TRACKING SULFUR. Visible signs of sulfur deficiency in a corn plant. Researchers believe tissue tests are more reliable than soil tests to confirm available S because 90-95% of the nutrient is in organic form and much of it comes from microbial activity and soil health.

How To Benchmark Crop Macro and Micronutrient Status

The effectiveness of soil and tissue tests depends on the crop, field conditions and the nutrient in question, and no-tillers should back up the results with scouting and on-farm strip trials.

Peter Kyveryga says he’s been hearing more and more discussions among farmers about nutrient deficiencies in corn and soybeans during the growing season.

The operations manager for analytics at Iowa Soybean Assn. On-Farm Network suspects the reasons are related to yearly increases in yields, adverse weather conditions, deteriorated soils and high input costs relative to commodity prices that pushed some farmers to reduce fertilizer applications.

Many farmers try to get better information about nutrient levels in fields by taking soil and tissue tests, but there’s a lot more to understanding these reports than just looking at the numbers, Kyveryga says.

While there’s been a surge in tissue testing in recent years, Kyveryga is concerned that some of the modern soil and tissue tests don’t have reliable calibrations or that their calibrations were developed 20 or 30 years ago.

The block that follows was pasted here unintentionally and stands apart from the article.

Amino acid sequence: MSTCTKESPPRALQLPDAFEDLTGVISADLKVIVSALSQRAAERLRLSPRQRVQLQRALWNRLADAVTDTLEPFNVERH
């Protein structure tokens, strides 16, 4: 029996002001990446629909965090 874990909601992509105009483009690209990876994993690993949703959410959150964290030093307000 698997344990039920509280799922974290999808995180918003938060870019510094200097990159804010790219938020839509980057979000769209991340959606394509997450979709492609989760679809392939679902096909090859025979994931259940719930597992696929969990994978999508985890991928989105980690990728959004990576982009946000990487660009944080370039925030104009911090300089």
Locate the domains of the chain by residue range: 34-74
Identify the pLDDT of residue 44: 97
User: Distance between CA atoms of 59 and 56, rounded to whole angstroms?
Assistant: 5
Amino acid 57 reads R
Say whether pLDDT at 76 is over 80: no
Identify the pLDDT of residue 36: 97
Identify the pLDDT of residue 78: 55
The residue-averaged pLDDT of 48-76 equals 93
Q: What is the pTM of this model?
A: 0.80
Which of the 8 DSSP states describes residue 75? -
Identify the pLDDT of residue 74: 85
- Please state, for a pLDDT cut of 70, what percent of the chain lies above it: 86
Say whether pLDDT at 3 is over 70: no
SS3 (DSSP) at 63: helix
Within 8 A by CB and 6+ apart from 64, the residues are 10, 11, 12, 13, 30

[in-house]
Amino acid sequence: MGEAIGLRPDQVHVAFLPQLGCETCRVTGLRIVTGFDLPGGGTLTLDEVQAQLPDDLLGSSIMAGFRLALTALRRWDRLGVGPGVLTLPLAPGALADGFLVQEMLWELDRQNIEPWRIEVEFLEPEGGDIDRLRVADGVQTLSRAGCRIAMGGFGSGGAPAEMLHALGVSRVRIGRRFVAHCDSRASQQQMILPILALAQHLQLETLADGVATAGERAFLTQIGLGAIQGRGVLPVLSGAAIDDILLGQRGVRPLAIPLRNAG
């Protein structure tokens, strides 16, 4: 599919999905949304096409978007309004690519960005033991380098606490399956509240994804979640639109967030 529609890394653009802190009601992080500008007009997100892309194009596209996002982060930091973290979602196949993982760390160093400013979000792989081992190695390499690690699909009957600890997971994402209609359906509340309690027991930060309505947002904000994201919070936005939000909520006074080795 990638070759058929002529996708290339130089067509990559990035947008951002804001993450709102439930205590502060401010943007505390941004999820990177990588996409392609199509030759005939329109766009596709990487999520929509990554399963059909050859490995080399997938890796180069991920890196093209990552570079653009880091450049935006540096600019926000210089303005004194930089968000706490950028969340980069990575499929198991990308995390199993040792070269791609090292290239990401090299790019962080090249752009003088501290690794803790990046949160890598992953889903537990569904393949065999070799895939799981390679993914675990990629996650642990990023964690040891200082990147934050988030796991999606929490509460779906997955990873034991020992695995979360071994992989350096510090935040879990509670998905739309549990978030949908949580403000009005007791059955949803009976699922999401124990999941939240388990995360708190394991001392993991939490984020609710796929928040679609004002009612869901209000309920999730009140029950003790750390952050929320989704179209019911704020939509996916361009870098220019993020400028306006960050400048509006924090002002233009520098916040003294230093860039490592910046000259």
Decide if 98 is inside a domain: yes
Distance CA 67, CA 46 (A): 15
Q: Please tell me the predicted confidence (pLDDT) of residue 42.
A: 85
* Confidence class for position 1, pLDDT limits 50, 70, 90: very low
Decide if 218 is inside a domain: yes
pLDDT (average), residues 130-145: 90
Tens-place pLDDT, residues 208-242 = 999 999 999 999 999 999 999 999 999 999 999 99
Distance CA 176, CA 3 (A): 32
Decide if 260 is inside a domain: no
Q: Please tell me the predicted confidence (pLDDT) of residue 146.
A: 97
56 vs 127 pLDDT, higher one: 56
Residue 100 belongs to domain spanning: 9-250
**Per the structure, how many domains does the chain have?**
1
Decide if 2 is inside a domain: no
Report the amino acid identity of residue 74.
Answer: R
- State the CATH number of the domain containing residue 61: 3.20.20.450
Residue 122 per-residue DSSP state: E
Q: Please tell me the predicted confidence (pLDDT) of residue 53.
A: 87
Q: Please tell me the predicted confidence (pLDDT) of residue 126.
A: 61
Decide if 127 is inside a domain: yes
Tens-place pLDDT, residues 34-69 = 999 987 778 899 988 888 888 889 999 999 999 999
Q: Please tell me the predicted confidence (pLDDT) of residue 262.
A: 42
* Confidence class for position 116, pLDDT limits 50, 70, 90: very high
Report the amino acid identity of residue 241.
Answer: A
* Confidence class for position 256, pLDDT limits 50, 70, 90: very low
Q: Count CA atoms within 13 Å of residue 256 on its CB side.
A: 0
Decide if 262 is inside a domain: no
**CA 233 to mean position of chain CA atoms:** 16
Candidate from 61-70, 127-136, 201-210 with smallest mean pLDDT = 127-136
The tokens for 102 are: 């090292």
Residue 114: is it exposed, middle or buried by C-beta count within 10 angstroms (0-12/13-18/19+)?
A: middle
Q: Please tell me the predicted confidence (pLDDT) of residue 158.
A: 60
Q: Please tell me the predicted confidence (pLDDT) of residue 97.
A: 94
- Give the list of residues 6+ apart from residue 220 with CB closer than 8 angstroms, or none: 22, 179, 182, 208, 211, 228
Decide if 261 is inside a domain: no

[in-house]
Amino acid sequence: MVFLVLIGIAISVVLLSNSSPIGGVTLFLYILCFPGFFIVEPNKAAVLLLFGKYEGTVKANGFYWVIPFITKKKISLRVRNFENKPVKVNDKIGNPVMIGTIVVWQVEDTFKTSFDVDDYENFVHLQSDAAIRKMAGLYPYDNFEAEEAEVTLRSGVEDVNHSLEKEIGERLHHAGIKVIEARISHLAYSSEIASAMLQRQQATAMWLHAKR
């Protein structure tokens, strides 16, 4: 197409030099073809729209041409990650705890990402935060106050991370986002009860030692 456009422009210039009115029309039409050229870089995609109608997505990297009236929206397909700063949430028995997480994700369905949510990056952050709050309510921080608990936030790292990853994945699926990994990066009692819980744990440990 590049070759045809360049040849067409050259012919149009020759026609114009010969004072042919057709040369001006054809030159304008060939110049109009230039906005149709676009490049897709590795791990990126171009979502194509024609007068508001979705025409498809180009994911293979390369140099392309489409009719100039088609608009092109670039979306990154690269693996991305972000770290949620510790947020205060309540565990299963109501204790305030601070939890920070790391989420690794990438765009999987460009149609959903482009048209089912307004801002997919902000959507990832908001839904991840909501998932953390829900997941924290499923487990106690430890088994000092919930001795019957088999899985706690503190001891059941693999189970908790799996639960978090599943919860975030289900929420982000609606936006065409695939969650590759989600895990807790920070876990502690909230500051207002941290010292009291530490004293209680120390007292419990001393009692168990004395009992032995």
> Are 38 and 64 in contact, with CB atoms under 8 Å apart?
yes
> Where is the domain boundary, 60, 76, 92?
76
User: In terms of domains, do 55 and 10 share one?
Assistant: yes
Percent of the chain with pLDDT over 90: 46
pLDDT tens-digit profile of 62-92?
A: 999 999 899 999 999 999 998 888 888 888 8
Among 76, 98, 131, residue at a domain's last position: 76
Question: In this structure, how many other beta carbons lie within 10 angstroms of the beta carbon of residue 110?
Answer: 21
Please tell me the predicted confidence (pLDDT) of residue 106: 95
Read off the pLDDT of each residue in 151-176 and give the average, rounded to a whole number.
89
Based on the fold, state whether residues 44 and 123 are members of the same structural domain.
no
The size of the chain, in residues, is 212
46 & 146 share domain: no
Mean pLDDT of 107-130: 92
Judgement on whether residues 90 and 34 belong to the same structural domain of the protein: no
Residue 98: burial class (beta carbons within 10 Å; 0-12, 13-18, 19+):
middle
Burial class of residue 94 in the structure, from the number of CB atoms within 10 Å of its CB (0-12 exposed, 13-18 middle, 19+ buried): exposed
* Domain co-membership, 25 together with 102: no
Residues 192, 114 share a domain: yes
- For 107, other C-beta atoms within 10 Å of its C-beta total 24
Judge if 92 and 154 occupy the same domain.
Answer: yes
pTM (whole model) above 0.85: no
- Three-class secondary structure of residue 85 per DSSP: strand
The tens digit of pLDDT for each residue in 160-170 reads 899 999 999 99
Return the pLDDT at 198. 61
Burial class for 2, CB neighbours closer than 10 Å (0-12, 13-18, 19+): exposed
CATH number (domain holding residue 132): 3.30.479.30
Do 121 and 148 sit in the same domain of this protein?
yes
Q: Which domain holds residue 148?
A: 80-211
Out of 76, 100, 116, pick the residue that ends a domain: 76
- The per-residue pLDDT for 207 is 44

“It’s very important to realize that the value of soil and tissue testing is actually in calibration,” he says. “It’s not in number values, but how good the calibration is for a test. The well-calibrated test should tell when and where, at what probability, a crop will respond to a nutrient.”

No Easy Answers

There are a handful of methodologies that commonly apply to soil and tissue testing, and they all have their benefits and limitations, Kyveryga says.

The sufficiency concept, applied both for soil and tissue testing, centers around finding which nutrient in a crop is deficient, whether it’s potassium, nitrogen, sulfur or something else. With this philosophy, a nutrient is…

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John dobberstein2

John Dobberstein

John Dobberstein is senior editor of No-Till Farmer magazine and the e-newsletter Dryland No-TillerHe previously covered agriculture for the Tulsa World and worked for daily newspapers in Chicago, Milwaukee and St. Joseph, Mich. He graduated with a B.A. in journalism and political science from Central Michigan University.

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